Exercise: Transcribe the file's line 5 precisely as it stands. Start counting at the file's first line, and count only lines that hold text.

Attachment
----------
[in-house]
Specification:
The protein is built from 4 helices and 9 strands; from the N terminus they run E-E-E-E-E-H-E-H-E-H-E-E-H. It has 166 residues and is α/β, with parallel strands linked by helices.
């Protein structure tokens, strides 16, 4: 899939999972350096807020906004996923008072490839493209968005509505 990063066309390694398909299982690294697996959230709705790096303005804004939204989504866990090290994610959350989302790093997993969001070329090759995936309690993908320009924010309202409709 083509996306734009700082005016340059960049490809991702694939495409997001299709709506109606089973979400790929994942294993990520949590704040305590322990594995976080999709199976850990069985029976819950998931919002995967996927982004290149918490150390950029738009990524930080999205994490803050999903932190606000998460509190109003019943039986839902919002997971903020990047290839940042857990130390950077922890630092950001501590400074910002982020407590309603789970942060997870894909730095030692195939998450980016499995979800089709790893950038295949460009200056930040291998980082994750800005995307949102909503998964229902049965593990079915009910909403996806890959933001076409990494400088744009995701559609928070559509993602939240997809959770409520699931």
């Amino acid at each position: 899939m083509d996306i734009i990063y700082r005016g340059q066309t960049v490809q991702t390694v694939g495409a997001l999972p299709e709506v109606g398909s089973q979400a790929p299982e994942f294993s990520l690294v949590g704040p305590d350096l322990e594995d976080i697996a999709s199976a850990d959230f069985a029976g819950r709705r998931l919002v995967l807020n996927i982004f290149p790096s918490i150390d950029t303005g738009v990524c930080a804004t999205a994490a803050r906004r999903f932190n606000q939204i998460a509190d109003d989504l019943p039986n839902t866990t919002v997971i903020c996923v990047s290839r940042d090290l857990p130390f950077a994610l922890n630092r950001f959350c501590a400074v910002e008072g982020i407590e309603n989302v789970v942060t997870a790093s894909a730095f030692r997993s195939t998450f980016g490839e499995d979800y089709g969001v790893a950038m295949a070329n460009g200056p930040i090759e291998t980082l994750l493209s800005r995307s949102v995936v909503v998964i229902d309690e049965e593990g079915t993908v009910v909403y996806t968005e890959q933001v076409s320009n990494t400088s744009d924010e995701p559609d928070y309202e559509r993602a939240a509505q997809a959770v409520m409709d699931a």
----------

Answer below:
């Amino acid at each position: 899939m083509d996306i734009i990063y700082r005016g340059q066309t960049v490809q991702t390694v694939g495409a997001l999972p299709e709506v109606g398909s089973q979400a790929p299982e994942f294993s990520l690294v949590g704040p305590d350096l322990e594995d976080i697996a999709s199976a850990d959230f069985a029976g819950r709705r998931l919002v995967l807020n996927i982004f290149p790096s918490i150390d950029t303005g738009v990524c930080a804004t999205a994490a803050r906004r999903f932190n606000q939204i998460a509190d109003d989504l019943p039986n839902t866990t919002v997971i903020c996923v990047s290839r940042d090290l857990p130390f950077a994610l922890n630092r950001f959350c501590a400074v910002e008072g982020i407590e309603n989302v789970v942060t997870a790093s894909a730095f030692r997993s195939t998450f980016g490839e499995d979800y089709g969001v790893a950038m295949a070329n460009g200056p930040i090759e291998t980082l994750l493209s800005r995307s949102v995936v909503v998964i229902d309690e049965e593990g079915t993908v009910v909403y996806t968005e890959q933001v076409s320009n990494t400088s744009d924010e995701p559609d928070y309202e559509r993602a939240a509505q997809a959770v409520m409709d699931a």